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Coronavirus digest: Italy adds restrictions for unvaccinated

January 10, 2022

New regulations in Italy mean most public travel and team sports are off-limits to those without a COVID-19 jab. Meanwhile, Uganda has ended the worlds-longest break for in-person learning. DW has the latest.

Travelers at the Milan central train station
All train travelers in Italy must now present proof of vaccination or recent recoveryImage: Nicola Marfisi/Avalon/Photoshot/picture alliance

On Monday, several new restrictions came into place in Italy for those not vaccinated against COVID-19. 

In order to visit restaurants, hotels, trade fairs, ski lifts, or ride on local or long-distance trains and buses, you must now present proof of vaccination against or recent recovery from COVID-19. Previously, a negative test result was also accepted.

The new rule also applies to team sports — so all professional soccer players must be vaccinated in order to play.

Tourists from other countries in the European Union can use the QR codes of their vaccination certificates to get around in Italy.

Italy has seen a spike in infections recently. The latest incidence rate showed 1,669 new cases per 100,000 residents in the last seven days.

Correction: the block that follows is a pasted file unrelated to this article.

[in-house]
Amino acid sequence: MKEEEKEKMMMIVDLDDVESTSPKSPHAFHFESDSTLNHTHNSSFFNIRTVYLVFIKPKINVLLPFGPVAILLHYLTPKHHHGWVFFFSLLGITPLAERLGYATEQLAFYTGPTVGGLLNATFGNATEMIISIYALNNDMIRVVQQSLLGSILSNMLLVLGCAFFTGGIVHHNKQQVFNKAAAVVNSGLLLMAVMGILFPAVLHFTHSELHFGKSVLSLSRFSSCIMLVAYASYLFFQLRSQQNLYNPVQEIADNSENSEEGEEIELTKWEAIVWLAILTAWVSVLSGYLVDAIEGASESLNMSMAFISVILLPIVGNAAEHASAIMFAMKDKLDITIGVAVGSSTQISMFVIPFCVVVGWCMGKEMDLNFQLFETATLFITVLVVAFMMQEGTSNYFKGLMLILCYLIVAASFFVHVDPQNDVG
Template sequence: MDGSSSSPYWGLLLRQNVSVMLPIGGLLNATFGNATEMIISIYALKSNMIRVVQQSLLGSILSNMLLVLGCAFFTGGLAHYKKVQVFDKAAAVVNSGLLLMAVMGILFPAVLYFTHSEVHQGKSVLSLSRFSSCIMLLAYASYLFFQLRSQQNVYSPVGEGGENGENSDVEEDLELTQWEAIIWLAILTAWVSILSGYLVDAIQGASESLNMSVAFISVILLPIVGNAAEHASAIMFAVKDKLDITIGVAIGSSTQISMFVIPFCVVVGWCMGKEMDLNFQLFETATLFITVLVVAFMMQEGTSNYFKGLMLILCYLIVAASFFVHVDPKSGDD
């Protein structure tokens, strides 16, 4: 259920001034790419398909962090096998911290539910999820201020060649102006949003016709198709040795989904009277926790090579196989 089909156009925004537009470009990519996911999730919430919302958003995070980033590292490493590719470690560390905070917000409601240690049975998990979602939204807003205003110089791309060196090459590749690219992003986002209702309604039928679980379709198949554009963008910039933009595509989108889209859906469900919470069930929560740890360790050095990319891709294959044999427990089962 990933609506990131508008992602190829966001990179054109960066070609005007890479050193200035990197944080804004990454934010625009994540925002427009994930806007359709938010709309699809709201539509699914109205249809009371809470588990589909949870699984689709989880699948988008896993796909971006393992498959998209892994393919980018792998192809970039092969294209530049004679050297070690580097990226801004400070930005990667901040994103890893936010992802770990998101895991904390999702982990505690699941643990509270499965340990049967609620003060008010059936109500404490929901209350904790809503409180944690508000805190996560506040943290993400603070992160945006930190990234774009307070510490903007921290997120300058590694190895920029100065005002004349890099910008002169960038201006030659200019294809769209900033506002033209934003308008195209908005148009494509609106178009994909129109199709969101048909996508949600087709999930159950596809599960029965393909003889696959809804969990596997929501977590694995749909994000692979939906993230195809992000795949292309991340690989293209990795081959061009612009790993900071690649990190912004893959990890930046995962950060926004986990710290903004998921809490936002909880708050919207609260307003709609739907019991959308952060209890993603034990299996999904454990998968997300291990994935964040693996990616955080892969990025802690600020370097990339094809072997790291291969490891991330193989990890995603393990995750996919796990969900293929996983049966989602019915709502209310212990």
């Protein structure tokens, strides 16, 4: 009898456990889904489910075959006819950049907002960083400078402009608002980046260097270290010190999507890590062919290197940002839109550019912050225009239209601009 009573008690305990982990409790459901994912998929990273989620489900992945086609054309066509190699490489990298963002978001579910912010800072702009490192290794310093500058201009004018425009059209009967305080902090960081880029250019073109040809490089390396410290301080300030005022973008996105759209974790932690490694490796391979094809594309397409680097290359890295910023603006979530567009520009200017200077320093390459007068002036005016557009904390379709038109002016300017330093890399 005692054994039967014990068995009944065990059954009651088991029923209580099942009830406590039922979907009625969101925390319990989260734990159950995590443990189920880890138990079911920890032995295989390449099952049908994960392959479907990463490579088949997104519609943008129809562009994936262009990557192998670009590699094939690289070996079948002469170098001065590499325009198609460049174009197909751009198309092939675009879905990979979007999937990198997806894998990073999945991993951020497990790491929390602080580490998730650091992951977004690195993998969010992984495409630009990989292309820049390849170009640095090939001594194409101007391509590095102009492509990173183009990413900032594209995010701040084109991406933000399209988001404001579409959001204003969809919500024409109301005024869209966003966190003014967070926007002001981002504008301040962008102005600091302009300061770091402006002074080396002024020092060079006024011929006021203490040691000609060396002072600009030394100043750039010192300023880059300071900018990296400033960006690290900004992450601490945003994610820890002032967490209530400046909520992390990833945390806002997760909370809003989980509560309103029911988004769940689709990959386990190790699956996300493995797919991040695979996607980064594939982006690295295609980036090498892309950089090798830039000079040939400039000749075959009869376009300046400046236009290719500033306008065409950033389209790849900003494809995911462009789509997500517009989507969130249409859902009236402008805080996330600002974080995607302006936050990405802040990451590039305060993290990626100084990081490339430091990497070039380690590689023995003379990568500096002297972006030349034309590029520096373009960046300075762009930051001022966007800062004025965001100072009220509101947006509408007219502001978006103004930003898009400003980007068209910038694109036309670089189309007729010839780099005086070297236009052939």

The majority of schools opened Monday for a new term, despite calls from principals, the doctors' union and some mayors to delay the return to class for at least two weeks. However, over 1,000 councils across the country were keeping their schools closed, media reports said.

Here are the latest major developments on coronavirus from around the world:


School pupils in Uganda returned to the classroom, in some cases for the first time in nearly two years.

In the world's longest disruption to in-person learning, schools across the country had been partially or completely shut down across the country since March 2020.

Local experts and teachers have warned, however, that the long pause will prove a permanent end to the education of many students, who have begun working in the meantime to help support their families.


A massive booster campaign has begun in India, with frontline workers and inhabitants over 60 being first in line to get further doses of COVID-19 vaccines.

India has recently reported a surge in cases, particularly amongst health care personnel and essential workers such as police.

Schools in Nepal will close for nearly three weeks after a spike in coronavirus cases, a government spokesman said on Monday. The move will see more than 7 million students stay at home. 

Education Ministry spokesman Deepak Sharma said schools would remain closed until January 29, although a campaign to vaccinate children aged 12 to 17 at their schools would go ahead.

China reported more cases of the omicron variant on Monday, as authorities remain vigilant for infections in major cities ahead of the Beijing Winter Olympics.

There are several outbreaks keeping authorities busy, one being in Xi'an, a city of 13 million which is into its third week of lockdown.

Mass testing is also taking place in the city of Tianjin which has 14 million residents, after a cluster of infections was discovered, linked to the omicron variant. Authorities have so far reported 41 COVID-19 infections out of 3.4 million residents tested in the port city.